Charles F. Woods became Riverside’s city librarian in 1922, succeeding Joseph Francis Daniels who had held the position during a period of expansion under Herschel Carnahan, president of the board of trustees.
Unlike the Daniels-Carnahan years, Charles F. Woods was plagued by political and fiscal conservatism after accepting the post and arriving from the San Jose Free Public Library. His initial optimism, expressed by his description of Riverside as the “best library city in the State of California,” continued to be undermined as the city council lowered the tax levy for the library in 1926. Woods and the entire board of trustees resigned. Mayor John T. Jarvis appointed a strong group of library advocates who renegotiated the levy and reinstated Woods.
Woods established “book stations” in Casa Blanca and at the Community Settlement House in Riverside’s Eastside in 1926. Woods had hired the first children’s librarian in 1925 and in 1930, the children’s room at the library evolved into a separate building, occupying Humphrey House, next door to the Unitarian Universalist Church. That same year, however, the fiscal realties of the Great Depression came home and the library lost almost half its public funding.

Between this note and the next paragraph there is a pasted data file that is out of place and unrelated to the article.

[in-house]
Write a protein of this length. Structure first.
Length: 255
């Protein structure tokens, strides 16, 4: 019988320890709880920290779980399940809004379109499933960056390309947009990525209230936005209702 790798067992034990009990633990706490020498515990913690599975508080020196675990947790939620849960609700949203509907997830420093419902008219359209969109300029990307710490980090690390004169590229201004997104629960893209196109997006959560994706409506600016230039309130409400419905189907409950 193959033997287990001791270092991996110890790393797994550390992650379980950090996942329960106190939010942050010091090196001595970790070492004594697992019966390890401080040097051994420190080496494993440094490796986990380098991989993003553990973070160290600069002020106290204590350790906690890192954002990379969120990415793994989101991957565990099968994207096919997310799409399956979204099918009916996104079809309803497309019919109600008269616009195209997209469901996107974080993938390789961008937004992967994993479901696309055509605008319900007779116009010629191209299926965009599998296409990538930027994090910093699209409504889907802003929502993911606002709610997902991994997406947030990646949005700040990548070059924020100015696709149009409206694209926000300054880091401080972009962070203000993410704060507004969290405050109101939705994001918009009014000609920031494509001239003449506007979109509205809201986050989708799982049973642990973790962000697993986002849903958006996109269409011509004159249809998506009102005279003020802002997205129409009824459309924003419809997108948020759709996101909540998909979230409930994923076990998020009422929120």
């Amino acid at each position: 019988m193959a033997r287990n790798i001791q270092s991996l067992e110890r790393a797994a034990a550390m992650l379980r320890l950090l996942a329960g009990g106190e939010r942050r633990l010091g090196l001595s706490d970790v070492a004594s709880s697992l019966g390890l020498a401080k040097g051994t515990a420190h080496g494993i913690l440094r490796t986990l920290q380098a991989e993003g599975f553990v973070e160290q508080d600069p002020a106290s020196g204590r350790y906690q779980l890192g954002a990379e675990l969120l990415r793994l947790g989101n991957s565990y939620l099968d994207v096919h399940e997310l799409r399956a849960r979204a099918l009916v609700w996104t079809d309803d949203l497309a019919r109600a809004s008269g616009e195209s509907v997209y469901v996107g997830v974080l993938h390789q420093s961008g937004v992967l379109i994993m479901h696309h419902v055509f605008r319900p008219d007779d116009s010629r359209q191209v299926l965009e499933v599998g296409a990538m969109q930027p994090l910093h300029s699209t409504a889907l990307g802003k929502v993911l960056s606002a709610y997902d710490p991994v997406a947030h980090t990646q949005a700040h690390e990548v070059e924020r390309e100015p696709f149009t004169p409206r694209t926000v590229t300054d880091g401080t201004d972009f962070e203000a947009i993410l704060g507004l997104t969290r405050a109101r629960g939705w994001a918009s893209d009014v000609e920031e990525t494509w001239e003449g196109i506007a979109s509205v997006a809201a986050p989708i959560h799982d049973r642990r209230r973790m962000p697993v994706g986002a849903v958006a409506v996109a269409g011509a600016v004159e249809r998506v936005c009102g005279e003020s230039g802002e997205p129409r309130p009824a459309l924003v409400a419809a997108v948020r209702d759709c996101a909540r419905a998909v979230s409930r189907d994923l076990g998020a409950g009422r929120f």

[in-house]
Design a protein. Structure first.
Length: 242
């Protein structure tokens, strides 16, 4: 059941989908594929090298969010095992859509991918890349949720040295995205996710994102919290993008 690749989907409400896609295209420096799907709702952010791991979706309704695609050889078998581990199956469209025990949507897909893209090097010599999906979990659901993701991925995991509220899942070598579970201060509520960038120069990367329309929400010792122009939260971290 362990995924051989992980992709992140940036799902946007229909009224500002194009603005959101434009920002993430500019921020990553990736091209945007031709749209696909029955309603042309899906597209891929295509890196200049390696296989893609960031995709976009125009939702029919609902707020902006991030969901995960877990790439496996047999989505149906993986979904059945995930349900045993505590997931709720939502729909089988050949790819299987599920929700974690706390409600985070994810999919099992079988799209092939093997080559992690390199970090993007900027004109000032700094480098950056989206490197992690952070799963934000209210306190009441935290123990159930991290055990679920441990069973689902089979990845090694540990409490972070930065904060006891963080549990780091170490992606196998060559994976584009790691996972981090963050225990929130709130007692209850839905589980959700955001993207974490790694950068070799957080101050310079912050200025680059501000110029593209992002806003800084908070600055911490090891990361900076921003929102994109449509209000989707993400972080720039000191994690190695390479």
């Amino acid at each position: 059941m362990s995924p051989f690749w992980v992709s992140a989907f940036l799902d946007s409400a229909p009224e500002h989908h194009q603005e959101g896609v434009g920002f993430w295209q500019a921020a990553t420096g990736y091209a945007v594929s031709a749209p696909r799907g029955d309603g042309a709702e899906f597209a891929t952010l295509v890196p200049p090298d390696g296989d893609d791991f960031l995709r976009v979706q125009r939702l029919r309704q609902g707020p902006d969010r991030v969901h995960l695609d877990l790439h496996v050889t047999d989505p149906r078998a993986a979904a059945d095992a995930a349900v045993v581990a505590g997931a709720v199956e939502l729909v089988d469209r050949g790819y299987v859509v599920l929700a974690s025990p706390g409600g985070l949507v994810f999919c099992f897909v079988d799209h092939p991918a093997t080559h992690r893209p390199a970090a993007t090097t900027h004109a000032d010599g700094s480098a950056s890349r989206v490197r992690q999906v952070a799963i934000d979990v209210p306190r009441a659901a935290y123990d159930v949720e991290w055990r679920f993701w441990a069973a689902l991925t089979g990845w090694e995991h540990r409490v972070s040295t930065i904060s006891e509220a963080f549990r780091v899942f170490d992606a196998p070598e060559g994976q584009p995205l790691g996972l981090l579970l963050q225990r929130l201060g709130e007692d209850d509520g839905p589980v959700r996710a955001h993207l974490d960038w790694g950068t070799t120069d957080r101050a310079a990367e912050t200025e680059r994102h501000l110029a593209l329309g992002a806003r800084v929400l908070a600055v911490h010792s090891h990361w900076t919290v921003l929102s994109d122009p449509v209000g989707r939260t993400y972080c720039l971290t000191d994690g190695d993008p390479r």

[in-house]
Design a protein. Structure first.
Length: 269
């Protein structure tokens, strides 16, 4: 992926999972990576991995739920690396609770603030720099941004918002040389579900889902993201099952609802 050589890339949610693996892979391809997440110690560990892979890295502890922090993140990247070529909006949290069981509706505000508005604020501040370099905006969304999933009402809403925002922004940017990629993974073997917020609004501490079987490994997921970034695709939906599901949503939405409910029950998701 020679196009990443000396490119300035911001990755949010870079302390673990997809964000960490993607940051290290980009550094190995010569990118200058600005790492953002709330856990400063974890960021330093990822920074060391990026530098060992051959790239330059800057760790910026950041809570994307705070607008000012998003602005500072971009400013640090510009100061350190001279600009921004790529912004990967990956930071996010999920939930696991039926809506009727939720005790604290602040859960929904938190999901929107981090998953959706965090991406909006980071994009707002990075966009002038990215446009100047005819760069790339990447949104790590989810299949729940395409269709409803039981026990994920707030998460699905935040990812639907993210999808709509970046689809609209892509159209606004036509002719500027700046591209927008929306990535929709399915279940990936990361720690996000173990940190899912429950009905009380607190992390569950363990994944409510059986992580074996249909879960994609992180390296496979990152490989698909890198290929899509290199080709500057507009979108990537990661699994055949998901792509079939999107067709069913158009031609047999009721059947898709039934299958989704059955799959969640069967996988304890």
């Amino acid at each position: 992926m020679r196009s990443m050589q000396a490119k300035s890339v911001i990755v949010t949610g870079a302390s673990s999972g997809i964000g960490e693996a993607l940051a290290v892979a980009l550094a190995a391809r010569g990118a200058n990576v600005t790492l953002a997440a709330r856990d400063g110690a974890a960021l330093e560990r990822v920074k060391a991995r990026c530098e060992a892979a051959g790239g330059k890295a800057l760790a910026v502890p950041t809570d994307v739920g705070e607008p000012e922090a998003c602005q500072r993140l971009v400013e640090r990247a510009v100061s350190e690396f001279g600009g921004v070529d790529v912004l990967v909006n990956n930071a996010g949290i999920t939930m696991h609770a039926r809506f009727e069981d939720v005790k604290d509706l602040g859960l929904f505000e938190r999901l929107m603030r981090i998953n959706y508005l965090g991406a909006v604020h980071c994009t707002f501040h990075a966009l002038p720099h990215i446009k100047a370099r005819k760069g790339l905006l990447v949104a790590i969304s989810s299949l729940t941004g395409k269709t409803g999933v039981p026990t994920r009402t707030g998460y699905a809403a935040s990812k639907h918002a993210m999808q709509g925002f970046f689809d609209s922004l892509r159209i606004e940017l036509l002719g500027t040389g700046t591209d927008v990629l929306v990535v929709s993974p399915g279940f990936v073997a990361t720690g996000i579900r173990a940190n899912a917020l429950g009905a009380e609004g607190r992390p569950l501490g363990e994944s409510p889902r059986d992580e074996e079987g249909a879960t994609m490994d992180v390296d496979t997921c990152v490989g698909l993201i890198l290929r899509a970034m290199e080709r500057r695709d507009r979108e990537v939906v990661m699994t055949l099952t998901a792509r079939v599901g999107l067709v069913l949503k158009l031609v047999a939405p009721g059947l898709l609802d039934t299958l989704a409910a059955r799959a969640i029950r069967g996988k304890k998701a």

From 1929 through 1932, library use increased dramatically, despite the constraints on service. Woods explained the change in the 1932 annual report for the library, saying, “It should be remembered, that in hard times the library is a solace to the unemployed, a release to the discouraged, and an encouragement to those still hopeful.”
While Woods’ successes at achieving his personal goals: an innovative library program for Riverside’s public schools and an upgraded the library service school, did not last; the changes he brought to the library as a whole transformed it from a cultural hobby for Riverside’s educated class to a “public service agency, reaching out to a diverse and democratic clientele.”